“We believe a well-planned program focused on increasing testing of travelers to the United States will further these objectives in a much more effective way than the blanket travel restrictions currently in place,” the letter says.

Some national testing requirements are in place to fly in North America: Late last month, in light of news of a faster-spreading variant of the virus, the CDC introduced a requirement that anyone flying from the United Kingdom must show negative coronavirus test results from no more than 72 hours before departing. As of Thursday, the Canadian government is requiring all air passengers who are 5 years of age or older to test negative before flying to Canada.

Health experts have warned that testing isn’t foolproof for travel, as passengers can become infectious in the time window after testing negative. Testing, too, remains imperfect: According to the Food and Drug Administration, antigen tests for the coronavirus provide faster results than molecular tests but “have a higher chance of missing an active infection.” Airlines for America said it is in favor of accepting both kinds of tests, calling the testing program “another layer of safety in the travel journey.”

Airlines for America suggested a timeline of at least 14 days to roll out a global testing program and asked for government help in making rapid tests available to fliers.

“We share optimism that the end of this devastating pandemic is in sight now that safe and effective vaccines are being distributed,” the group said in the letter to Pence. “However, we also know that additional vigorous action is needed in the months ahead to bring the virus under control.”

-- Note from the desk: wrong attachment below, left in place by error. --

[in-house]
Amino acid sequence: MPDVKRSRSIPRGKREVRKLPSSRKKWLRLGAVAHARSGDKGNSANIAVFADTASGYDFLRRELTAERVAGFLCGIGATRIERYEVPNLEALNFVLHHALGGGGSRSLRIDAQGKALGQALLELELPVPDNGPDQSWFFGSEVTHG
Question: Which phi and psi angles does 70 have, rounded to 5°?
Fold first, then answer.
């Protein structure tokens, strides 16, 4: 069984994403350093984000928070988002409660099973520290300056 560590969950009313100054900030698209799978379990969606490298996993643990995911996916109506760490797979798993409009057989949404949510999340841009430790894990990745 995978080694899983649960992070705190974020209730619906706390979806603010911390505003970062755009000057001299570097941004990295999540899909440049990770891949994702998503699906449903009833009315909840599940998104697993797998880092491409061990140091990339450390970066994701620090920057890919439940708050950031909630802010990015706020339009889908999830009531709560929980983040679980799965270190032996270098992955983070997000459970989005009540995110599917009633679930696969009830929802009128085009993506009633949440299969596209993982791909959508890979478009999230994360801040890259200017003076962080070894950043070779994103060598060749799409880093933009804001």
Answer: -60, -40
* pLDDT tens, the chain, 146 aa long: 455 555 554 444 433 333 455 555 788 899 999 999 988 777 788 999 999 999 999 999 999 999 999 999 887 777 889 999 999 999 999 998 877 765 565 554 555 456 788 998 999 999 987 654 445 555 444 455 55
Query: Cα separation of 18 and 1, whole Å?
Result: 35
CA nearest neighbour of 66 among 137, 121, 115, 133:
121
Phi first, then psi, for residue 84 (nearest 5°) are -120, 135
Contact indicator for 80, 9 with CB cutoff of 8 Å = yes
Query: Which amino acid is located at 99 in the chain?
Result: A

Germany to extend coronavirus lockdown until Jan .31

BERLIN  — German Chancellor Angela Merkel said Tuesday that she has agreed with state governors to extend the country’s current lockdown by three weeks until Jan. 31.

Merkel said they also are tightening curbs on social contacts, in line with measures imposed at the beginning of the pandemic in March. And they called for new restrictions on movement for people living in areas with particularly high infection rates.

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Medical student Mara Karcher vaccinates a resident Ella Holdenried of Sankt Verena nursing home in Strassberg, Germany, Wednesday, Dec. 30. German authorities have reported more than 1,000 coronavirus-related deaths in one day for the first time since the pandemic began. Felix Kaestle/dpa via AP

The decision came as new coronavirus cases and deaths are running at stubbornly high levels, and officials remain uncertain what effect the Christmas and New Year holidays have had on the situation.

Germany launched a nationwide partial shutdown on Nov. 2, closing restaurants, bars, leisure and sports facilities. That failed to reduce infection figures, and the current lockdown — which closed nonessential shops and schools, and further limited social contacts — took effect Dec. 16. It was initially due to run through Jan. 10.

Germany’s disease control center reported 944 more COVID-19 deaths.

Vaccinations in Germany and the rest of the 27-nation European Union started over a week ago. In Germany, a nation of 83 million, nearly 265,000 vaccinations had been reported by Monday, the Robert Koch Institute said.